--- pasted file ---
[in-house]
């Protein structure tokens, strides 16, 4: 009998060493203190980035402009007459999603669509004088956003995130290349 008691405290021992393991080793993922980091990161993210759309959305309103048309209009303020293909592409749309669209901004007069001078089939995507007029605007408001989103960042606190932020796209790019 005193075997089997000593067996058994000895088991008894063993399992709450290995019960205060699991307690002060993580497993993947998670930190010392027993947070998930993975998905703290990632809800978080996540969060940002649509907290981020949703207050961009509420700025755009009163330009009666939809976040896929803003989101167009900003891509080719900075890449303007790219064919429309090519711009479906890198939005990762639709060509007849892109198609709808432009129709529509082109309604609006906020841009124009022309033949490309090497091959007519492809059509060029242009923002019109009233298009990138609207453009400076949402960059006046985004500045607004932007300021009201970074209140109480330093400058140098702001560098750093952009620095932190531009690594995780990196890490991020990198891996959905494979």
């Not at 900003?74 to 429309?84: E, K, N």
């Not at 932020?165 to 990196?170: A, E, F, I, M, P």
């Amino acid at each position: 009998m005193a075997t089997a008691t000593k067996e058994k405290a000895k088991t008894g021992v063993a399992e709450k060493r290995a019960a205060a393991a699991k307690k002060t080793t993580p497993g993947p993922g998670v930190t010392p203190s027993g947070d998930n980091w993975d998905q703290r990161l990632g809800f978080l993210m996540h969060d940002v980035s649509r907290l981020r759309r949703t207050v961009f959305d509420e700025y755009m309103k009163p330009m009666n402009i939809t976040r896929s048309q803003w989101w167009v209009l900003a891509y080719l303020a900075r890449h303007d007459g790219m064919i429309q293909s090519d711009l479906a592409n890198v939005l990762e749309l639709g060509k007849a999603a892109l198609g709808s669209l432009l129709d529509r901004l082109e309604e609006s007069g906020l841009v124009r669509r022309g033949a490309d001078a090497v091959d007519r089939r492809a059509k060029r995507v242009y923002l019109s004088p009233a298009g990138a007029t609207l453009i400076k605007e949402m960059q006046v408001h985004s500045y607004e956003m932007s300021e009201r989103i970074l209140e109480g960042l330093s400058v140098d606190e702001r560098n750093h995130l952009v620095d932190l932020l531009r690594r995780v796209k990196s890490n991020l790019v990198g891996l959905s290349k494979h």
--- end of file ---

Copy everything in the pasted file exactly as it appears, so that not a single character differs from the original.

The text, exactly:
[in-house]
């Protein structure tokens, strides 16, 4: 009998060493203190980035402009007459999603669509004088956003995130290349 008691405290021992393991080793993922980091990161993210759309959305309103048309209009303020293909592409749309669209901004007069001078089939995507007029605007408001989103960042606190932020796209790019 005193075997089997000593067996058994000895088991008894063993399992709450290995019960205060699991307690002060993580497993993947998670930190010392027993947070998930993975998905703290990632809800978080996540969060940002649509907290981020949703207050961009509420700025755009009163330009009666939809976040896929803003989101167009900003891509080719900075890449303007790219064919429309090519711009479906890198939005990762639709060509007849892109198609709808432009129709529509082109309604609006906020841009124009022309033949490309090497091959007519492809059509060029242009923002019109009233298009990138609207453009400076949402960059006046985004500045607004932007300021009201970074209140109480330093400058140098702001560098750093952009620095932190531009690594995780990196890490991020990198891996959905494979």
């Not at 900003?74 to 429309?84: E, K, N």
């Not at 932020?165 to 990196?170: A, E, F, I, M, P």
């Amino acid at each position: 009998m005193a075997t089997a008691t000593k067996e058994k405290a000895k088991t008894g021992v063993a399992e709450k060493r290995a019960a205060a393991a699991k307690k002060t080793t993580p497993g993947p993922g998670v930190t010392p203190s027993g947070d998930n980091w993975d998905q703290r990161l990632g809800f978080l993210m996540h969060d940002v980035s649509r907290l981020r759309r949703t207050v961009f959305d509420e700025y755009m309103k009163p330009m009666n402009i939809t976040r896929s048309q803003w989101w167009v209009l900003a891509y080719l303020a900075r890449h303007d007459g790219m064919i429309q293909s090519d711009l479906a592409n890198v939005l990762e749309l639709g060509k007849a999603a892109l198609g709808s669209l432009l129709d529509r901004l082109e309604e609006s007069g906020l841009v124009r669509r022309g033949a490309d001078a090497v091959d007519r089939r492809a059509k060029r995507v242009y923002l019109s004088p009233a298009g990138a007029t609207l453009i400076k605007e949402m960059q006046v408001h985004s500045y607004e956003m932007s300021e009201r989103i970074l209140e109480g960042l330093s400058v140098d606190e702001r560098n750093h995130l952009v620095d932190l932020l531009r690594r995780v796209k990196s890490n991020l790019v990198g891996l959905s290349k494979h």